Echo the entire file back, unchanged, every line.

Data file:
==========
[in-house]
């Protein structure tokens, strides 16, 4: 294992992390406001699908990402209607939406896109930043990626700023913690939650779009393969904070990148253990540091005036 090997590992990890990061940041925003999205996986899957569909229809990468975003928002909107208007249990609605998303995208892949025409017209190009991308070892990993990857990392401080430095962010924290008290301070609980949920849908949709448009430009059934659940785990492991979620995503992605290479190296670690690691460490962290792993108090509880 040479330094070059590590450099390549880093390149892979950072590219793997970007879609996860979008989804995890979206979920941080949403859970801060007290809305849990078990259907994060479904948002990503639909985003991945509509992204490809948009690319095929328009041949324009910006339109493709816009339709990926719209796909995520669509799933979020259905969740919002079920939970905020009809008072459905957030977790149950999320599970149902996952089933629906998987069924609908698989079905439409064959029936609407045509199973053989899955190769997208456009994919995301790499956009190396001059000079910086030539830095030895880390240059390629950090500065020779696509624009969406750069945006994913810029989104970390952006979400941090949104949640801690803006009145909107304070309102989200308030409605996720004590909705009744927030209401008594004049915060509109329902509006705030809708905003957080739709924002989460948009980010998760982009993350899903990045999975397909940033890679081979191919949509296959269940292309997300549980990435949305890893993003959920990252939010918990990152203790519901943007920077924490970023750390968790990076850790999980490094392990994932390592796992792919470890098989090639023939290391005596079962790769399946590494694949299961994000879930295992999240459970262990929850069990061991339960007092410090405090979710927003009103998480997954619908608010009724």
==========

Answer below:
[in-house]
């Protein structure tokens, strides 16, 4: 294992992390406001699908990402209607939406896109930043990626700023913690939650779009393969904070990148253990540091005036 090997590992990890990061940041925003999205996986899957569909229809990468975003928002909107208007249990609605998303995208892949025409017209190009991308070892990993990857990392401080430095962010924290008290301070609980949920849908949709448009430009059934659940785990492991979620995503992605290479190296670690690691460490962290792993108090509880 040479330094070059590590450099390549880093390149892979950072590219793997970007879609996860979008989804995890979206979920941080949403859970801060007290809305849990078990259907994060479904948002990503639909985003991945509509992204490809948009690319095929328009041949324009910006339109493709816009339709990926719209796909995520669509799933979020259905969740919002079920939970905020009809008072459905957030977790149950999320599970149902996952089933629906998987069924609908698989079905439409064959029936609407045509199973053989899955190769997208456009994919995301790499956009190396001059000079910086030539830095030895880390240059390629950090500065020779696509624009969406750069945006994913810029989104970390952006979400941090949104949640801690803006009145909107304070309102989200308030409605996720004590909705009744927030209401008594004049915060509109329902509006705030809708905003957080739709924002989460948009980010998760982009993350899903990045999975397909940033890679081979191919949509296959269940292309997300549980990435949305890893993003959920990252939010918990990152203790519901943007920077924490970023750390968790990076850790999980490094392990994932390592796992792919470890098989090639023939290391005596079962790769399946590494694949299961994000879930295992999240459970262990929850069990061991339960007092410090405090979710927003009103998480997954619908608010009724």